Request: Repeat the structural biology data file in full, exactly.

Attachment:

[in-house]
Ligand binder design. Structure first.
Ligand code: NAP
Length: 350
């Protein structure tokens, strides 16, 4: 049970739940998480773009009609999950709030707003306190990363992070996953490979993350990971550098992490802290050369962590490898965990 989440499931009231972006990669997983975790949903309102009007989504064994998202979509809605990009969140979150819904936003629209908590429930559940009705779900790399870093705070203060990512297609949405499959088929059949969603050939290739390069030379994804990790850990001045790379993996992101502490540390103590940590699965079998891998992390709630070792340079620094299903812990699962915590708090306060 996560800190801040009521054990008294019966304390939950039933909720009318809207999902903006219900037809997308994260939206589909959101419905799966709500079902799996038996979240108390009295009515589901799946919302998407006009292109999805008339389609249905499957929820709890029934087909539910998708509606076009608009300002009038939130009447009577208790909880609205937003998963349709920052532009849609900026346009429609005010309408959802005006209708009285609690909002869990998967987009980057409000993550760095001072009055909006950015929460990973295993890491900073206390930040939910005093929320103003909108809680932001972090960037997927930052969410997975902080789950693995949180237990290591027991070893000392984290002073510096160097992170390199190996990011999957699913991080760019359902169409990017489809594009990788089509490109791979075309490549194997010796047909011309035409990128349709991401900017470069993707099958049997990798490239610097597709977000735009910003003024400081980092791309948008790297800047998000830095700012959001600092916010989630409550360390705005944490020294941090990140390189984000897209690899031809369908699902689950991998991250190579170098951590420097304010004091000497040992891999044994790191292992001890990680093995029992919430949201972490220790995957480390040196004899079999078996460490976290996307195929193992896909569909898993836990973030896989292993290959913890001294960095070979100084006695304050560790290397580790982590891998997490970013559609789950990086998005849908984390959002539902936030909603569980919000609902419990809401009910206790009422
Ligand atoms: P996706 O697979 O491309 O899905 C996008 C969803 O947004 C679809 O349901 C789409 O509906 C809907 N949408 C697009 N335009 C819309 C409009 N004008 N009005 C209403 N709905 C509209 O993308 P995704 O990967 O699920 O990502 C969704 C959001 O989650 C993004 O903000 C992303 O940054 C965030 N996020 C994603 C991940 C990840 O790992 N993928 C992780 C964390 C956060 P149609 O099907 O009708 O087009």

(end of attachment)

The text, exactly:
[in-house]
Ligand binder design. Structure first.
Ligand code: NAP
Length: 350
């Protein structure tokens, strides 16, 4: 049970739940998480773009009609999950709030707003306190990363992070996953490979993350990971550098992490802290050369962590490898965990 989440499931009231972006990669997983975790949903309102009007989504064994998202979509809605990009969140979150819904936003629209908590429930559940009705779900790399870093705070203060990512297609949405499959088929059949969603050939290739390069030379994804990790850990001045790379993996992101502490540390103590940590699965079998891998992390709630070792340079620094299903812990699962915590708090306060 996560800190801040009521054990008294019966304390939950039933909720009318809207999902903006219900037809997308994260939206589909959101419905799966709500079902799996038996979240108390009295009515589901799946919302998407006009292109999805008339389609249905499957929820709890029934087909539910998708509606076009608009300002009038939130009447009577208790909880609205937003998963349709920052532009849609900026346009429609005010309408959802005006209708009285609690909002869990998967987009980057409000993550760095001072009055909006950015929460990973295993890491900073206390930040939910005093929320103003909108809680932001972090960037997927930052969410997975902080789950693995949180237990290591027991070893000392984290002073510096160097992170390199190996990011999957699913991080760019359902169409990017489809594009990788089509490109791979075309490549194997010796047909011309035409990128349709991401900017470069993707099958049997990798490239610097597709977000735009910003003024400081980092791309948008790297800047998000830095700012959001600092916010989630409550360390705005944490020294941090990140390189984000897209690899031809369908699902689950991998991250190579170098951590420097304010004091000497040992891999044994790191292992001890990680093995029992919430949201972490220790995957480390040196004899079999078996460490976290996307195929193992896909569909898993836990973030896989292993290959913890001294960095070979100084006695304050560790290397580790982590891998997490970013559609789950990086998005849908984390959002539902936030909603569980919000609902419990809401009910206790009422
Ligand atoms: P996706 O697979 O491309 O899905 C996008 C969803 O947004 C679809 O349901 C789409 O509906 C809907 N949408 C697009 N335009 C819309 C409009 N004008 N009005 C209403 N709905 C509209 O993308 P995704 O990967 O699920 O990502 C969704 C959001 O989650 C993004 O903000 C992303 O940054 C965030 N996020 C994603 C991940 C990840 O790992 N993928 C992780 C964390 C956060 P149609 O099907 O009708 O087009």